A sorry spat for all as defiant Jonny Evans pleads not guilty
The Football Association are ready to throw the book at Northern Ireland's Manchester United defender Jonny Evans and Newcastle striker Papiss Cisse after charging both with spitting.
Following Wednesday night's confrontation between the pair during United's 1-0 win at Newcastle in the Premier League, the two players released statements yesterday dealing with the issue in very different ways.
The Newcastle ace, 29, was full of regret about the first-half incident, in which Evans appeared to spit towards him before Cisse retaliated.
Cisse apologised to his team-mates, Evans and football fans as a whole for his disgusting actions and later accepted the FA charge.
Being found guilty of a spitting offence carries with it a SIX game suspension. Cisse is also in line for an extra one-game ban having already been sent off this season.
He and his club admit his behaviour was unacceptable.
In contrast, 27-year-old Evans was defiant declaring that he was 'shocked' by the media coverage of the controversy, adding that he did not spit at Cisse and would never behave in such an appalling manner.
Clearly, having charged both men, the FA do not agree with Evans, who has until tonight at 6.00pm to respond.
Confirming that referee Anthony Taylor did not see the spitting, the FA said last night: "The charges are in relation to an alleged breach of FA Rule E1(a) in that in or around the 38th minute of the game the two players spat at each other.
"The incidents were not seen by the match officials but caught on video."
In Premier League matches, if an incident has not been seen by the match officials, a three-man panel of former elite referees is asked by the FA to review the footage independently of each other.
It is then up to them to advise what, if any action, they believe the match referee should have taken had it been witnessed at the time.
For an FA charge to follow, all three panel members must agree it is a red card offence. On this occasion the decision by the panel was unanimous in respect of both players.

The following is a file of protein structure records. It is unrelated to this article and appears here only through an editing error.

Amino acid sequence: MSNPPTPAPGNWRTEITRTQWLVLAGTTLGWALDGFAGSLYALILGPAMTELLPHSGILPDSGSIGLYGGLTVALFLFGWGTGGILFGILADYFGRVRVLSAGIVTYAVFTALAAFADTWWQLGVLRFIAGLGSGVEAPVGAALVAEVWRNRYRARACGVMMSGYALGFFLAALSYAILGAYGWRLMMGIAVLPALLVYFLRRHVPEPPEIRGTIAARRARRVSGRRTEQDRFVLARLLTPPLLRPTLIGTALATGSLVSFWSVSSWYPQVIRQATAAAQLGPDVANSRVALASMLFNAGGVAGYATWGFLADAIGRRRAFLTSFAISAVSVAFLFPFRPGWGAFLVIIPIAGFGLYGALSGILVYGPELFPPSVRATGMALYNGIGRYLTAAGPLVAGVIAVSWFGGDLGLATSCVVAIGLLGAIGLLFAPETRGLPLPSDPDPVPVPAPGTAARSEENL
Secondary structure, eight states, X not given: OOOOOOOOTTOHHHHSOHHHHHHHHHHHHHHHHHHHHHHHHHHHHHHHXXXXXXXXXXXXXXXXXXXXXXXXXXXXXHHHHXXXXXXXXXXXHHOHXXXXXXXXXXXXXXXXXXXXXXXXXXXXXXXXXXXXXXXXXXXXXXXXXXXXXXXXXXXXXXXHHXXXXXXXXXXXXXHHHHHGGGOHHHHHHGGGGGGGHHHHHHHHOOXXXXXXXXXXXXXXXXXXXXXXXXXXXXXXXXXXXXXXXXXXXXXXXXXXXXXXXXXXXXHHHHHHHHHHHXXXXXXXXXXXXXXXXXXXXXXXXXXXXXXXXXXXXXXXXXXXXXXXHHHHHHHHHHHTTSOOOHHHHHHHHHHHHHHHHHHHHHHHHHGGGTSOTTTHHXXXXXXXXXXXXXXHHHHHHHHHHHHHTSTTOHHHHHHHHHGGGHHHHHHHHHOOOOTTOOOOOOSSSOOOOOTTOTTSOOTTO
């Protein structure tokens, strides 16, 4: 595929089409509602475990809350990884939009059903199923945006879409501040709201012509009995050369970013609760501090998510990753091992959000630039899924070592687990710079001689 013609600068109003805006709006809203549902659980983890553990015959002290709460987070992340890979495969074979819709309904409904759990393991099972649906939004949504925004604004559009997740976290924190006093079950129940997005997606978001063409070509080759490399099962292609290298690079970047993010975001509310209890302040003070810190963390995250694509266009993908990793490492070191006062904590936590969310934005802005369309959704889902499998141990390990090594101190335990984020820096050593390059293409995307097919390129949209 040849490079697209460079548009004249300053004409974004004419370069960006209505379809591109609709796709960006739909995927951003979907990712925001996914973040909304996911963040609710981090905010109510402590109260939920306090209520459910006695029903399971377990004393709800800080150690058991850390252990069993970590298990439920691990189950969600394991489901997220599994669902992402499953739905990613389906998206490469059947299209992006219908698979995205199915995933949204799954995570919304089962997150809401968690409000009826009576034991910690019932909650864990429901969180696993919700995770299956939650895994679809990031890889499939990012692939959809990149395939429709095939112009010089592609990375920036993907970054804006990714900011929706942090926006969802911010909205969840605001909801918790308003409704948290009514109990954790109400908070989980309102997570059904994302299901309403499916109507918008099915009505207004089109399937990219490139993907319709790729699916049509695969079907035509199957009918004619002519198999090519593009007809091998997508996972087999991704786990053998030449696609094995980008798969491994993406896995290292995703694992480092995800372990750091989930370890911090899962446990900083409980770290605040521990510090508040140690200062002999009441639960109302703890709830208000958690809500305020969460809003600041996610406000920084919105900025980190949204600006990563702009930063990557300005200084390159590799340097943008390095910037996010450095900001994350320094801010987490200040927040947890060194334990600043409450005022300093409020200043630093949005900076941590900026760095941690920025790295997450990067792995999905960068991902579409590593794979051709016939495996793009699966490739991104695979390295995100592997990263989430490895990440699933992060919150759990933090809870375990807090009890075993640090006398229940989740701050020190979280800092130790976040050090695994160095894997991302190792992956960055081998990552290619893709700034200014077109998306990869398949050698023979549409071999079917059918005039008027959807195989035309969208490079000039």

Last season, Hull's George Boyd was retrospectively banned for three games having been found guilty of spitting at Man City's Joe Hart.
Now, though, the FA act in accordance with new Fifa guidelines which state a six match ban is the punishment for spitting.
If found guilty Evans will miss massive games in United's quest to secure a Champions League place and FA Cup glory this season.
United's next six scheduled games are against Arsenal in the Cup on Monday followed by league games with Spurs, Aston Villa, Liverpool, Manchester City and Chelsea.
The season would almost be over by the time Evans returned and with defenders playing for their futures at United under Louis van Gaal, the timing of this episode could not be worse for the Ulsterman.
Evans is a popular figure at Old Trafford and anyone who has worked with him will say that spitting at an opponent is just not him. I would tend to agree, but TV replays show him spitting in Cisse's direction and it does not look good.
While Cisse has admitted his guilt, Evans is keen to fight the charge and has Van Gaal's support.
Evans said: "It is not in my character or my nature to spit at anybody nor is it something I have ever done or would ever do."
Last night Jonny's wife Helen was in the awkward position of reporting on the story during MUTV's Thursday Focus programme. On the show, Northern Ireland great Norman Whiteside backed Evans stating that his countryman had not deliberately spat at Cisse. Helen added that it was not in her husband's nature. Now it's over to the FA.
What Evans said: ”Having woken up this morning I am shocked to have seen the media coverage from last night’s match. I would like to make it clear that I did not spit at Papiss Cisse.
“I was totally unaware of any spitting incident and had assumed that the issue at the time was with the challenge and his attempted retaliation to the tackle from the floor. During the game Papiss Cisse and I spoke about the incident and it is clear by my reaction in the television footage that I was totally surprised by any suggestion of spitting.
“It is not in my character or in my nature to spit at anybody nor is it something I have ever done or would ever do. It is certainly not something that I did last night.”
What Cisse said: “I have apologies to make to a lot of people today. Firstly to my team-mates and to our supporters, secondly to Jonny Evans, and thirdly to every football fan who saw the incident between myself and Jonny. I reacted to something I found very unpleasant. Sometimes it is hard not to react, particularly in the heat of the moment. I have always tried hard to be a positive role model, especially for our young fans, and yesterday I let you down.
“I hope children out there playing football for their clubs and schools this weekend will know better than to retaliate when they are angry. Perhaps when they see the problem it now causes me and my team they will be able to learn from my mistake, not copy it.”